When Alan visited Dewstow during last summer, he insisted that he did not want to be shown around before the actual filming took place. His reason was that the camera would then record his genuine first reactions to what he saw, and four of these can clearly be seen in Figs 6 to 9. Fig 6 shows him walking along the series of stepping-stones that lead through the rustic entrance archway to the North Gardens, when he explains that:
‘Strange pieces of masonry strewn around the land intrigued the couple, and, when they investigated one in particular, it literally opened the door into another world . . .’
Fig 7 – Alan and John cross the cascades in the stream that runs through the South Gardens – ‘A lost paradise reclaimed!’
He is shown in Fig 7 crossing the small bridge over the stream that runs through the South Garden, which he describes as a ‘. . . lost Paradise reclaimed.’
Fig 8 – Entering the ‘Lion Grotto’: ‘Wow!! Fancy finding this!’
The moment of his entry into the Lion Grotto is shown in Fig 8 – ‘Wow!! Fancy finding this!’ – whilst Fig 9 shows him clasping his hands in wonder and incredulity as he gazes around the ‘Tufa Grotto’. Like so many other visitors before and since his visit, he was completely overwhelmed by the wonder of it all – ‘This is just like a magical Kingdom of Narnia!’ he exclaimed.
Fig 9 – Gazing around the Tufa Grotto: ‘A magical Kingdom of Narnia’
Alan’s visit had a remarkable effect on the Pulham website – it inspired no fewer than ten times the normal daily number of visitors on that day, and the average daily number since then has remained at roughly 20% above the previous average! If only we could persuade him to visit more of Pulham’s incredible gardens – and maybe collect them all into a programme or series of its own . . . ?
Fig 10 – John and Lisa Harris in their gardens at Dewstow
Fire Damages Ewell Court House
Fire destroyed half of the roof at the Grade II listed Ewell Court House – described in Chapter 18 of ‘Rock Landscapes’ – in December 2013, whilst remedial work was in progress in the roof space. Considerable damage was also caused to some of the internal furnishings, such as ceilings, floors, beams and paneling etc, and a massive restoration exercise is still under way. The fire was apparently caused by a low-power frost-inhibitor that was left in the roof during the night, and it set fire to some combustible material that was lying below it. There is still a lot of work to be done, but the Ewell Court House Association is planning a special events day to celebrate its completion. In view of the comparatively large number of Pulham features at Ewell Court, our ‘Pulhams of Broxbourne’ presentation will be part of the programme of events – it is not yet possible to name a day, but details will be posted on our Presentation Diary Page as and when they become available.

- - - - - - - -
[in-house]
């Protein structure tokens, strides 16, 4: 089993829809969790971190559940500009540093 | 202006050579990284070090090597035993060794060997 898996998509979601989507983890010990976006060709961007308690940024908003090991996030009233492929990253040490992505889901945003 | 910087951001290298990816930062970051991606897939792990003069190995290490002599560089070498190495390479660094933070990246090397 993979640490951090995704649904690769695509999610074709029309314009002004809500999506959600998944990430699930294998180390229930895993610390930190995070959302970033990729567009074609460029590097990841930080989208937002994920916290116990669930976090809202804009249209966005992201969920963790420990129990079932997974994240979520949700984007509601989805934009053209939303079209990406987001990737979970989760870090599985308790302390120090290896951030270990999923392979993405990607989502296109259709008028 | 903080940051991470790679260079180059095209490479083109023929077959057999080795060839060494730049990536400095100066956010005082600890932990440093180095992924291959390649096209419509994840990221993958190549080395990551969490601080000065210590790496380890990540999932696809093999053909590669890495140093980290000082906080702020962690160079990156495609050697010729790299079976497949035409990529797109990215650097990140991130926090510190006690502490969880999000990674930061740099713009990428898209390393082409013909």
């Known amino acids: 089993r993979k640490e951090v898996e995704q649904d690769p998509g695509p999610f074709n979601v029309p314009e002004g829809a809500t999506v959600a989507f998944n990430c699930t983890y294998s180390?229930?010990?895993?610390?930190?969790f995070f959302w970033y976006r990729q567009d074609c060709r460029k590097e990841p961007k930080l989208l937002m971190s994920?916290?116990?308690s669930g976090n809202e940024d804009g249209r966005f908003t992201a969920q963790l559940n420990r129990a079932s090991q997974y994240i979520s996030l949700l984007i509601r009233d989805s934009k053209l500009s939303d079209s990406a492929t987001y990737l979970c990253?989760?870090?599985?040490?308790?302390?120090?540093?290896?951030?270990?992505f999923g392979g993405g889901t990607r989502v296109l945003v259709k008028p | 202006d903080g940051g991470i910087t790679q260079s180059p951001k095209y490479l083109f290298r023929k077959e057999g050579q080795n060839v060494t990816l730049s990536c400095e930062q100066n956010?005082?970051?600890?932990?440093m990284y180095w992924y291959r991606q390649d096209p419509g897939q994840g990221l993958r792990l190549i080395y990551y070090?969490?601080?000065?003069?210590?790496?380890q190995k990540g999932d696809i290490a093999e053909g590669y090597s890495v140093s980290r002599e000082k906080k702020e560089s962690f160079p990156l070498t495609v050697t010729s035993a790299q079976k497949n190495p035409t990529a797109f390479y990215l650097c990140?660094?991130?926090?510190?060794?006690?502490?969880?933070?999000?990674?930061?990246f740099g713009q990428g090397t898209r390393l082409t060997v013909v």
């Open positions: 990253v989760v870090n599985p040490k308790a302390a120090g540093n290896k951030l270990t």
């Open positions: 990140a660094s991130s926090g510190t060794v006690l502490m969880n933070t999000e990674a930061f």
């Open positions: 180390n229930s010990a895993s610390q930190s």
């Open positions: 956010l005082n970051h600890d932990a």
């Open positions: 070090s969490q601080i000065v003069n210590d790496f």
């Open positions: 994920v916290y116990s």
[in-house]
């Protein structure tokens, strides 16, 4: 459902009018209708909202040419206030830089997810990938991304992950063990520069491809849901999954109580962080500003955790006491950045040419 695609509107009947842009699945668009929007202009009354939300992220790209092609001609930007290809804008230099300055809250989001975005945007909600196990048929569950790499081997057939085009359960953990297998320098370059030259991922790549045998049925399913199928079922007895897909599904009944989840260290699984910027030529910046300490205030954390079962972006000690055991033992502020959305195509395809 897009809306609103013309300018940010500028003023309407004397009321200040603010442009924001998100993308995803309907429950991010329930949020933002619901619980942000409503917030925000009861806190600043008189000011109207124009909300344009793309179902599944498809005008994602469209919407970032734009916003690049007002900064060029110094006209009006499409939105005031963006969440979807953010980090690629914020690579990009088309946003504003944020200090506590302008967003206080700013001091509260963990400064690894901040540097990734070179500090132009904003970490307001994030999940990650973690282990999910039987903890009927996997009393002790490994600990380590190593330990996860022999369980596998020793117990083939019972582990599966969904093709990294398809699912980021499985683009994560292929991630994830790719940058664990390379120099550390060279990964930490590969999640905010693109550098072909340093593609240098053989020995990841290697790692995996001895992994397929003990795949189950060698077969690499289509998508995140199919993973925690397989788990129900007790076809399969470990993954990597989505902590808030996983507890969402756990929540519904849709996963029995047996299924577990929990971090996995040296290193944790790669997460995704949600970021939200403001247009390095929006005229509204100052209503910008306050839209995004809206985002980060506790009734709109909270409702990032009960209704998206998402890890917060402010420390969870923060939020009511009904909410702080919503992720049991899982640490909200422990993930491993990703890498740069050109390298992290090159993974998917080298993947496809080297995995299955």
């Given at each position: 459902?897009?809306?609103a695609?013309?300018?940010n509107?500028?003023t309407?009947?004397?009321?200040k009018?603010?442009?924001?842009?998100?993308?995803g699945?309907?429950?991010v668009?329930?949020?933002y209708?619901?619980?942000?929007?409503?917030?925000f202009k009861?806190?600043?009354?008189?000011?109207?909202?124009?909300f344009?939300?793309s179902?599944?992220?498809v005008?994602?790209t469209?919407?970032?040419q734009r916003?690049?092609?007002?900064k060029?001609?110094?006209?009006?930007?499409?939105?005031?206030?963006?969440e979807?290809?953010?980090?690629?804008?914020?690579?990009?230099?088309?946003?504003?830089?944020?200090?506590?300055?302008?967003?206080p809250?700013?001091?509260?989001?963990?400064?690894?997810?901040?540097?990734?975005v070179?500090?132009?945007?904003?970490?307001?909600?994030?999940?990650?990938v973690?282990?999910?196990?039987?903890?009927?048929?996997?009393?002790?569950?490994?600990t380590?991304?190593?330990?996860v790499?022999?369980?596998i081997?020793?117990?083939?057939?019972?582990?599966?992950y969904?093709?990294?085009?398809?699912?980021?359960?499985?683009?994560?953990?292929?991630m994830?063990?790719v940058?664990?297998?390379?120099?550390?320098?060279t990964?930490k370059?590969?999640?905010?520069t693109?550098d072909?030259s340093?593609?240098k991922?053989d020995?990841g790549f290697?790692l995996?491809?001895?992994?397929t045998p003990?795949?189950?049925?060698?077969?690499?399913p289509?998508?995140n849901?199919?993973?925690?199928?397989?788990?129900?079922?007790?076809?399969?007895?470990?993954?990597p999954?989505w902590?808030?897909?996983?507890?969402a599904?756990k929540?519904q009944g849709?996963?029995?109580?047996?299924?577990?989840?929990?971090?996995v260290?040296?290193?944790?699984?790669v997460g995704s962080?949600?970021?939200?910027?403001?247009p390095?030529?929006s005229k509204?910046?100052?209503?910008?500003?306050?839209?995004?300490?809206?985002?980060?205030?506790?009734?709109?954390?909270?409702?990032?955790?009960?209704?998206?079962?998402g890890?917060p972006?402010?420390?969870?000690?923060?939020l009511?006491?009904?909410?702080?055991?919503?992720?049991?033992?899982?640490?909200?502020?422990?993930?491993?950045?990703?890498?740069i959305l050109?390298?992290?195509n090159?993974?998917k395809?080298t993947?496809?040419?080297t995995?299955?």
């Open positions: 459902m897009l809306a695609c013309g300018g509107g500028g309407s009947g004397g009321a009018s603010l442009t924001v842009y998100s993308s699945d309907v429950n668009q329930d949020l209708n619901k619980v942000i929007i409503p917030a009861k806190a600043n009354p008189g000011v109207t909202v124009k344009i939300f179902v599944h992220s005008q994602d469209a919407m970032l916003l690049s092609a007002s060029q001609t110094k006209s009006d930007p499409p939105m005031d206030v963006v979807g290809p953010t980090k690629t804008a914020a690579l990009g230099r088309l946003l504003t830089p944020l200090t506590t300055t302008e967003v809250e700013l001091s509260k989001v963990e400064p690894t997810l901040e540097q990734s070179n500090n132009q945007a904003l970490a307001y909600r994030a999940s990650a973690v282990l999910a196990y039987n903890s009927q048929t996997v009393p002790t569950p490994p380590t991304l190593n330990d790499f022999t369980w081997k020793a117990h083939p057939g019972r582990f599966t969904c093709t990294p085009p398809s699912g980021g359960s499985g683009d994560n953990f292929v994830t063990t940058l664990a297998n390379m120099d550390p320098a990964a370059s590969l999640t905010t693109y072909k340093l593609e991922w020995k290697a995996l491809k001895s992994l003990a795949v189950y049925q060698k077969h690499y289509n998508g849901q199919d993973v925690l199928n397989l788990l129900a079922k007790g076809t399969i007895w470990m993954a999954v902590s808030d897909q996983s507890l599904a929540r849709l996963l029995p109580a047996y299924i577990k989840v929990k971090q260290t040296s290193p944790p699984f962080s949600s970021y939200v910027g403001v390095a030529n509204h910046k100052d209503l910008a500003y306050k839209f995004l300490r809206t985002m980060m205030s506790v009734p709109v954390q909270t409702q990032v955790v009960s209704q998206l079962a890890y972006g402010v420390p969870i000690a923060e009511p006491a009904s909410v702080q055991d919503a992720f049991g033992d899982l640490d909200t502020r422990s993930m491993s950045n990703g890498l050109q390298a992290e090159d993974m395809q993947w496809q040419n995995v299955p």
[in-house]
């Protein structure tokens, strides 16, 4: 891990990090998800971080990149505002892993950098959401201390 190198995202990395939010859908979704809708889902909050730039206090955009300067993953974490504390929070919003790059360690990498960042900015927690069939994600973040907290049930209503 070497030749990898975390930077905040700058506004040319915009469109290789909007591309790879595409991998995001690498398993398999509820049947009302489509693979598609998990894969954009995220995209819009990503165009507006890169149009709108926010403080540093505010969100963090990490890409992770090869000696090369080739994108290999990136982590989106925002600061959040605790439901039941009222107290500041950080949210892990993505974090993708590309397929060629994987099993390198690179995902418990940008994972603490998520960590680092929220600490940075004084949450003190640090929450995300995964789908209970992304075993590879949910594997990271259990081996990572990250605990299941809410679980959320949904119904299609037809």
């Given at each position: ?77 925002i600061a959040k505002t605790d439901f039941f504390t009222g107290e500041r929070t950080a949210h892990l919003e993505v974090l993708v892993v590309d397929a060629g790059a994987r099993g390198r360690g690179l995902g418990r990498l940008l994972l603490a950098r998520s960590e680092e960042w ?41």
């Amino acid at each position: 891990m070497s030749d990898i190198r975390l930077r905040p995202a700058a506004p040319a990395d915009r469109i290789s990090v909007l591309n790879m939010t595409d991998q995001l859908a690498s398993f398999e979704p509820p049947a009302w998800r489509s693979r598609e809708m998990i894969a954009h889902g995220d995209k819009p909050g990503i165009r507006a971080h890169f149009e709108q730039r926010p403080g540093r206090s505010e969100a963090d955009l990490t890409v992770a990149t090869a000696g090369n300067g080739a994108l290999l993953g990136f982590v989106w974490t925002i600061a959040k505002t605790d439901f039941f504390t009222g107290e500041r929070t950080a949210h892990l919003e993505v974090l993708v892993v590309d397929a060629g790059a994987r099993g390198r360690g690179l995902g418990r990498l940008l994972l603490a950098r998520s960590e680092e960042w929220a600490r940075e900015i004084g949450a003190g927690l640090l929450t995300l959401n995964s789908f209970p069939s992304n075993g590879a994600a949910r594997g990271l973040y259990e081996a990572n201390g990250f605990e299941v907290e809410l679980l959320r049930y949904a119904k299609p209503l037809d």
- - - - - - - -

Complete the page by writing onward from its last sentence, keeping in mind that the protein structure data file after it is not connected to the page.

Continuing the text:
Fig 11 – Fire crews attending to the major fire at Ewell Court House in December ‘13
Sites of the Month
I am still adding descriptions and pictures of a new Pulham site each month to my ‘Site of the Month’ feature, Those featured since my last listing in May of last year are shown below, and I hope you will find them of interest.
‘PL1’ – Your Key to A Very Special Offer
Readers of these News Letters will know that I always close by reminding them that copies of my book are available at the very Special Discounted Price of £25 via my website – i.e. £21 plus £4 p & p. That is equivalent to a net saving of nearly 30% on the R.R.P. of £35!
Just go to the Product Page on the ‘Antique Collectors Club’ website
- Click on the ‘+’ symbol below the book details to confirm your purchase, and then click the ‘Checkout’ Button
- Enter the code ‘PL1’ in the ‘Promotion Code’ box at the top of that page, and click on the ‘Apply’ button. This updates your invoice with the 25% ‘Promotion Discount’, bringing the net price of the book down to £26.25. Click on the ‘Proceed to Checkout’ button.
- Click on Create Account. This will entitle you to a further ‘Customer Loyalty Discount’ of 20%, bringing the Net Price of the book down from £26.25 to £21.
- Proceed to Checkout. £4 P&P will be added for UK customers. Overseas rates will vary.
This book will make:
‘A Wonderful Book to Own,
and the Perfect Present for
a Garden-Loving Friend’
But don’t just take my word for it – if you are still not convinced, read what the Professional Reviewers had to say:
‘This is a wonderful book . . .’ London Landscapes
‘Excellent . . A brilliant piece of work.’ Amateur Gardening
‘Magnificent hardback . . .’ Hertfordshire Countryside
‘Wonderfully illustrated book . . .’ Follies Magazine
Happy Reading! I send you our Season’s Greetings, and we look forward to seeing you soon.